North Korean state media had strong words for Joe Biden – the former US vice-president and current presidential candidate – on Wednesday.
Mr Biden had “gone reckless and senseless, seized by ambition for power”, a commentary on the news website KCNA said.
He was “an imbecile bereft of elementary quality as a human being, let alone a politician”, the commentary said, adding that he was “a fool of low IQ”.
The piece also accused him of “vulgar acts and words about women” – a reference to earlier allegations of unwelcome touching from women – and said he became a “laughing-stock of the media” when he appeared to fall asleep during a speech by then-President Barack Obama in 2011.
It even went back to the 1960s, reminding readers of the fact that Mr Biden “received a grade of F” in a paper because he had plagiarised another article. Mr Biden has admitted to plagiarism, but said he misunderstood rules about citations.
Colourful insults in North Korean media are nothing new – KCNA recently quoted officials calling US national security adviser John Bolton “dim-sighted”, and accusing Secretary of State Mike Pompeo of “fabricating stories like a fiction writer”.
And, two years ago, North Korean leader Kim Jong-un famously called President Donald Trump a “dotard” – a 14th-Century term that means “an old person, especially one who has become weak or senile”.
Yet – North Korea is one of the world’s most secretive societies, and all of its media are under direct state control, which means its news reports, even when they mostly consist of insults, give us an interesting glimpse into what Pyongyang could be thinking.
Why is North Korea criticising Joe Biden?
Wednesday’s KCNA report accused Mr Biden of “rhetoric slandering the supreme leadership of the DPRK” during a recent election campaign.
This appeared to refer to Mr Biden’s rally in Philadelphia on Saturday, where he criticised Mr Trump for working with “tyrants like [Russian President Vladimir] Putin and Kim Jong-un”.
“North Korean media tend to react sensitively to any comments made by foreign officials, especially US officials, about the North Korean leader,” Rachel Lee, a senior analyst at NK News and a former North Korean media analyst for the US government, told the BBC.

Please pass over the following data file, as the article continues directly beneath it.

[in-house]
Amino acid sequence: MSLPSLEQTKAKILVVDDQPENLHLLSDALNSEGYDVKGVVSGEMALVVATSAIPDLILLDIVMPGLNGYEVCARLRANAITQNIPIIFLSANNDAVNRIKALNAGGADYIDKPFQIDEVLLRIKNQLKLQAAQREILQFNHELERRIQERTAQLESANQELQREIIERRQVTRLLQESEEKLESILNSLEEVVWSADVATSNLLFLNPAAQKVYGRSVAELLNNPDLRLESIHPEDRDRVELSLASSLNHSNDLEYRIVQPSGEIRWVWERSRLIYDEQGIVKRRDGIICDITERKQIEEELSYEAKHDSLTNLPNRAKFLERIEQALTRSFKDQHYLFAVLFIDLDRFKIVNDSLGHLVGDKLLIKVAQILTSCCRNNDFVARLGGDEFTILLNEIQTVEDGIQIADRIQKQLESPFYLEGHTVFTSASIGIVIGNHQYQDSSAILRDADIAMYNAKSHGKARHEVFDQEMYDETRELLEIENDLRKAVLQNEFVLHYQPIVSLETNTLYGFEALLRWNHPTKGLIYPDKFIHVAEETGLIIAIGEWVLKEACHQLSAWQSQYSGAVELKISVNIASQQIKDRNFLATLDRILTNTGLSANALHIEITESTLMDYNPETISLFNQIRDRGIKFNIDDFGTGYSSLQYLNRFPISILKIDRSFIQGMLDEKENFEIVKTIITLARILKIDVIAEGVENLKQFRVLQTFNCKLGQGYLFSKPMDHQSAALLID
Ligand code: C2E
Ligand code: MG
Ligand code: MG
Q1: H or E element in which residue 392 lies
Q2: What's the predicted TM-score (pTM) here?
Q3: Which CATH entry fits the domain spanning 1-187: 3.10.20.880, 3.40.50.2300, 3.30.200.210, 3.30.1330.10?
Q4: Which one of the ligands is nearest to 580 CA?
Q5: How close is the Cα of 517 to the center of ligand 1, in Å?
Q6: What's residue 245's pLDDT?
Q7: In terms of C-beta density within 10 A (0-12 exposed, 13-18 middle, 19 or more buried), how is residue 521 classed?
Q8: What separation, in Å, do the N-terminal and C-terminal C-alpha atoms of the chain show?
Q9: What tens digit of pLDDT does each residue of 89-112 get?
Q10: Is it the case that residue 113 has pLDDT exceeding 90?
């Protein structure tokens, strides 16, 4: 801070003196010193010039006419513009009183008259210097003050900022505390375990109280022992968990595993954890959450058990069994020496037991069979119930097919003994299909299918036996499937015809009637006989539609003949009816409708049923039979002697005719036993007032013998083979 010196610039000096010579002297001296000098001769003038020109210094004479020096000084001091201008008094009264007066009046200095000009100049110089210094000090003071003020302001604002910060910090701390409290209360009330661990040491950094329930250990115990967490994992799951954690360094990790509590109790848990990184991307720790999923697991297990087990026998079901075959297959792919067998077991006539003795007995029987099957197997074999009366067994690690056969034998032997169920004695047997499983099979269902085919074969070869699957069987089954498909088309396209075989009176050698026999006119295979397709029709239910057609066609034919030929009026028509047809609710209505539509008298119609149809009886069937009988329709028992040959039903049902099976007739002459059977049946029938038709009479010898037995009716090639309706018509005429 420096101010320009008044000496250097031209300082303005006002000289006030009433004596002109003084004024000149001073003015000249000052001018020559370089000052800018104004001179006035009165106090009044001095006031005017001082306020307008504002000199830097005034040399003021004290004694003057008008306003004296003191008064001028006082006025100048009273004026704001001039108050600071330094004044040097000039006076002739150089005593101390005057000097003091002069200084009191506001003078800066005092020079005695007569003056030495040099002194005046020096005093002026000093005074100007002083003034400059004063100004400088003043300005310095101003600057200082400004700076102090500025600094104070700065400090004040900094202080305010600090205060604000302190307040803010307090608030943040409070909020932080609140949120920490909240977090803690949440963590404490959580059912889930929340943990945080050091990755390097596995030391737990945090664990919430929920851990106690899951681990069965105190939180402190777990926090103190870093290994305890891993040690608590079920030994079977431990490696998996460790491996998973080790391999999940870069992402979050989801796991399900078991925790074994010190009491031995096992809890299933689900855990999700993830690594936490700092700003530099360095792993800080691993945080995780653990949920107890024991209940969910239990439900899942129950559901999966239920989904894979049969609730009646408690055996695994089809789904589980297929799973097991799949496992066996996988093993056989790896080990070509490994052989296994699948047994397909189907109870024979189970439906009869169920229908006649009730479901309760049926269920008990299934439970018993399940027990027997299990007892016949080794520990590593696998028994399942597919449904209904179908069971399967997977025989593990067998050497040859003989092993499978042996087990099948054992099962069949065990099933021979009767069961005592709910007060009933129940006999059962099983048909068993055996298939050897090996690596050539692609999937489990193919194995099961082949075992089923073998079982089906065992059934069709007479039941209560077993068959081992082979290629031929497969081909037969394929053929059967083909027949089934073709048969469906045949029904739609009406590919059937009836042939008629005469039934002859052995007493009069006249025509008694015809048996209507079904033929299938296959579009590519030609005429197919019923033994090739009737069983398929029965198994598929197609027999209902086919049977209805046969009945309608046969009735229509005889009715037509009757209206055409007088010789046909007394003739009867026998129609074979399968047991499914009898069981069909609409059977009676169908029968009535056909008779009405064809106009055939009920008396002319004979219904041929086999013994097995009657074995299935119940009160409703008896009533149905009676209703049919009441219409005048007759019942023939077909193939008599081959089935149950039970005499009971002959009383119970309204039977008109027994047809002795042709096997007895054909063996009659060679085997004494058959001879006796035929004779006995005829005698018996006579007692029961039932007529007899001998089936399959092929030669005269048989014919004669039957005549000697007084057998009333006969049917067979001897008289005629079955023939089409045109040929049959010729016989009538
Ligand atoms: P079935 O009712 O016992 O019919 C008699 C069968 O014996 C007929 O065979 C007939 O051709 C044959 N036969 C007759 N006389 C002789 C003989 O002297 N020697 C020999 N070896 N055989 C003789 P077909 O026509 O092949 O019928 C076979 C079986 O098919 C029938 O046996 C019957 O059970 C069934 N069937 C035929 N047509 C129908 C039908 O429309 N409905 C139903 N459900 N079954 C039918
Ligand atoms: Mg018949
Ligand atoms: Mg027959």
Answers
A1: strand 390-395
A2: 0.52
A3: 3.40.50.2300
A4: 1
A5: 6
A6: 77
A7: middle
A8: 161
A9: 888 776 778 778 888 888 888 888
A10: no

However, it’s important to note that KCNA is an external agency aimed at international audiences, and “North Korea’s public don’t have access to it”, she added.
Often, domestic North Korean media avoid certain sensitive topics – or may avoid commenting on some issues, to ensure the government has more wriggle room later on, Ms Lee says.
Meanwhile, Prof Andrei Lankov, a North Korea expert at Kookmin University, says that such propaganda is part of Pyongyang’s attempt to “drive a wedge” between Donald Trump and his political advisers.
State media criticism of Mr Biden, as well as Mr Pompeo and Mr Bolton, is an attempt to portray an image that “they would like to deal with Donald Trump, but he’s prevented from doing anything meaningful by the hardline American establishment”.
Whether this is true or not is another matter – the most recent direct talks between Mr Trump and Mr Kim ended in Hanoi in February without any progress towards an agreement.
“Given Joe Biden’s record of standing up for American values and interests, it’s no surprise that North Korea would prefer that Donald Trump remain in the White House,” a spokesperson for his campaign, Andrew Bates, told the BBC.
What’s with the colourful language?
North Korean state media are a lot blunter – and ruder – than you’d expect most official government outlets to be.
They have not been afraid to be sexist – previously carrying quotes describing former President Park Geun-hye as “an unseemly wench who has never had a chance to marry or bear a child”, and criticising the “venomous swish of her skirt”.
It has also called North Korean defectors, who have spoken about human rights abuses, as “human scum”.
“Most North Korean propaganda is extremely – almost comically – aggressive,” says Prof Lankov. “In North Korea, the harsher you sound, the better… this is how you’re supposed to talk about political subjects.”
Much of it is influenced by China’s rhetoric from the late 1960s, he says, but Chinese propaganda has changed over the decades, with many in Chinese media educated in the West or influenced by Western styles.
North Korean rhetoric hasn’t changed however, because “while society has changed a lot, their ideology has been frozen”.
Prof Lankov adds that the North Koreans working in state media are likely to be from elite families, and graduates of prestigious local schools, who will be required to follow instructions from the Propaganda and Agitation Department.
“North Korea is one of the last countries where the government has full control over the media.”
What do state media tell us about North Korea’s politics?
Despite the insults, North Korea has actually toned down its anti-US rhetoric in last year and a half, Ms Lee says.
“Since the [first] Singapore Trump-Kim summit last June, North Korean domestic media have by and large refrained from carrying negative commentaries about the US.”
In the past, “the last page of Party Daily newspaper [Rodong Sinmun], was almost always filled with commentaries criticising South Korea and the US – but since 2018 the page is now filled with more international news”.
“I think the fact they are refraining from explicit criticism of the US using domestic outlets shows they’re not closing the door on US-DPRK [North Korea] talks just yet.”